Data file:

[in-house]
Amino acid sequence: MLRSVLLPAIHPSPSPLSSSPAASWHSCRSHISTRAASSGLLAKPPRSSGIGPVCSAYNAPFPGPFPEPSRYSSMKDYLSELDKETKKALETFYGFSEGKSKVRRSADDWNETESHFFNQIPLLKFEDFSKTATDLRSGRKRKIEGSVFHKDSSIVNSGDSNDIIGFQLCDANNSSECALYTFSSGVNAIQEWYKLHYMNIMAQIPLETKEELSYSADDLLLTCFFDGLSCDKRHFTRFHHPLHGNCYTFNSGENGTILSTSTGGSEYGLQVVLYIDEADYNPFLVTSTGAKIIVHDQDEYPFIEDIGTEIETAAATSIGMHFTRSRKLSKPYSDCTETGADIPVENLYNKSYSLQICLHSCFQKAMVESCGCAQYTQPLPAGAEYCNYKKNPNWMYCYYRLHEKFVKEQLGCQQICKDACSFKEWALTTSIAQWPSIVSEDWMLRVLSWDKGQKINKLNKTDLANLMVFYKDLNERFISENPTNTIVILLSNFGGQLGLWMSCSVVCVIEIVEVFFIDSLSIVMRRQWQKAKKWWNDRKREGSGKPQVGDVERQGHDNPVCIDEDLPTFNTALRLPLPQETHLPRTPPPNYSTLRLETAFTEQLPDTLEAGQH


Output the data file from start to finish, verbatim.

[in-house]
Amino acid sequence: MLRSVLLPAIHPSPSPLSSSPAASWHSCRSHISTRAASSGLLAKPPRSSGIGPVCSAYNAPFPGPFPEPSRYSSMKDYLSELDKETKKALETFYGFSEGKSKVRRSADDWNETESHFFNQIPLLKFEDFSKTATDLRSGRKRKIEGSVFHKDSSIVNSGDSNDIIGFQLCDANNSSECALYTFSSGVNAIQEWYKLHYMNIMAQIPLETKEELSYSADDLLLTCFFDGLSCDKRHFTRFHHPLHGNCYTFNSGENGTILSTSTGGSEYGLQVVLYIDEADYNPFLVTSTGAKIIVHDQDEYPFIEDIGTEIETAAATSIGMHFTRSRKLSKPYSDCTETGADIPVENLYNKSYSLQICLHSCFQKAMVESCGCAQYTQPLPAGAEYCNYKKNPNWMYCYYRLHEKFVKEQLGCQQICKDACSFKEWALTTSIAQWPSIVSEDWMLRVLSWDKGQKINKLNKTDLANLMVFYKDLNERFISENPTNTIVILLSNFGGQLGLWMSCSVVCVIEIVEVFFIDSLSIVMRRQWQKAKKWWNDRKREGSGKPQVGDVERQGHDNPVCIDEDLPTFNTALRLPLPQETHLPRTPPPNYSTLRLETAFTEQLPDTLEAGQH